Background: Northern New South Wales in Australia is a “hotspot” for natural disaster declarations with recent extensive flooding in early 2017. With limited knowledge about how climate change affects mental health and resilience, robust local assessments are required to better understand long-term impact, particularly in communities prone to extreme weather events. Methods: Six months post-flood, a cross-sectional survey of adults living in the region during the flood was conducted to quantify associations between flood impact and psychological morbidity (post-traumatic stress (PTSD), anxiety, depression, suicidal ideation) for different exposure scenarios, and respondent groups. We adopted a community-academic partnership approach and purposive recruitment to increase participation from marginalized groups. Results: Of 2,180 respondents, almost all (91%) were affected by some degree of flood-related exposure at an individual and community level (ranging from suburb damage to home or business inundated). Socio-economically marginalized respondents were more likely to have their homes inundated and to be displaced. Mental health risk was significantly elevated for respondents: whose home/business/farm was inundated [e.g., home inundation: PTSD adjusted odds ratio (AOR) 13.72 (99% CI 4.53–41.56)]; who reported multiple exposures [e.g., three exposures: PTSD AOR 6.43 (99% CI 2.11–19.60)]; and who were still displaced after 6 months [e.g., PTSD AOR 24.43 (99% CI 7.05–84.69)]. Conclusion: The 2017 flood had profound impact, particularly for respondents still displaced and for socio-economically marginalized groups. Our community-academic partnership approach builds community cohesion, informs targeted mental health disaster preparedness and response policies for different sectors of the community and longer-term interventions aimed at improving community adaptability to climate change.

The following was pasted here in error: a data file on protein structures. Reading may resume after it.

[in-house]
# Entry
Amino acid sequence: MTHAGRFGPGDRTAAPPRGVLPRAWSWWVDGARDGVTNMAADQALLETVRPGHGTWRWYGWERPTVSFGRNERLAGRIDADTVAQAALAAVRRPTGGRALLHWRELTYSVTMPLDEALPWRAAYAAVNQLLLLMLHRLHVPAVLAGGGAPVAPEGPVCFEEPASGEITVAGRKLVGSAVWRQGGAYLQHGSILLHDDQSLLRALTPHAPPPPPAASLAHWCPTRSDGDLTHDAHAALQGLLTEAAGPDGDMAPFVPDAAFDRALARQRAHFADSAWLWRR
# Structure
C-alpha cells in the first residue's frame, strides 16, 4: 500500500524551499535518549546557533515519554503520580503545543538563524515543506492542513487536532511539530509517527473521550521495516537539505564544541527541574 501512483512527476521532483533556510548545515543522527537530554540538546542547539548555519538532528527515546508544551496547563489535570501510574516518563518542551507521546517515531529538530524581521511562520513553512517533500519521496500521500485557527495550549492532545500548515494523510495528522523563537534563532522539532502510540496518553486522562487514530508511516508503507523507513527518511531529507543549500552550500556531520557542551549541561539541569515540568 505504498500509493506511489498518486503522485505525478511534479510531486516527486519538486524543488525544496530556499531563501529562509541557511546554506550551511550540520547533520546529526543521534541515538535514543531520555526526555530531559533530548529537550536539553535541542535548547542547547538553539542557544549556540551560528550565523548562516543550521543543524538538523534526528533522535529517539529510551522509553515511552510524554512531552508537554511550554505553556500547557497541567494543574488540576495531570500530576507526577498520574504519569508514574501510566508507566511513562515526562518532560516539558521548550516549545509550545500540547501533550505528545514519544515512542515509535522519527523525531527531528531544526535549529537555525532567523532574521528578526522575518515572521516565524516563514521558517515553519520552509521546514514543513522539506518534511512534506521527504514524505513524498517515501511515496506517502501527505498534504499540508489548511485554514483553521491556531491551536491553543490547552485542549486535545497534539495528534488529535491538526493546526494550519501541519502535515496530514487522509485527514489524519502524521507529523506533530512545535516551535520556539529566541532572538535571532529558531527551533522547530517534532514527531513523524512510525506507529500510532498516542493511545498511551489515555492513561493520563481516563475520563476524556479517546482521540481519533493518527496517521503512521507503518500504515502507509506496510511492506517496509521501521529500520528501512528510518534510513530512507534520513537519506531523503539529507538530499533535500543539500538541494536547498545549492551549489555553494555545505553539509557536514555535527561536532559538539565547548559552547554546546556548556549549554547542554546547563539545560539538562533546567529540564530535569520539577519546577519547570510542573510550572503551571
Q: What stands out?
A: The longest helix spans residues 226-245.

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- indigenous populations
- low income populations
- mental health
- natural disasters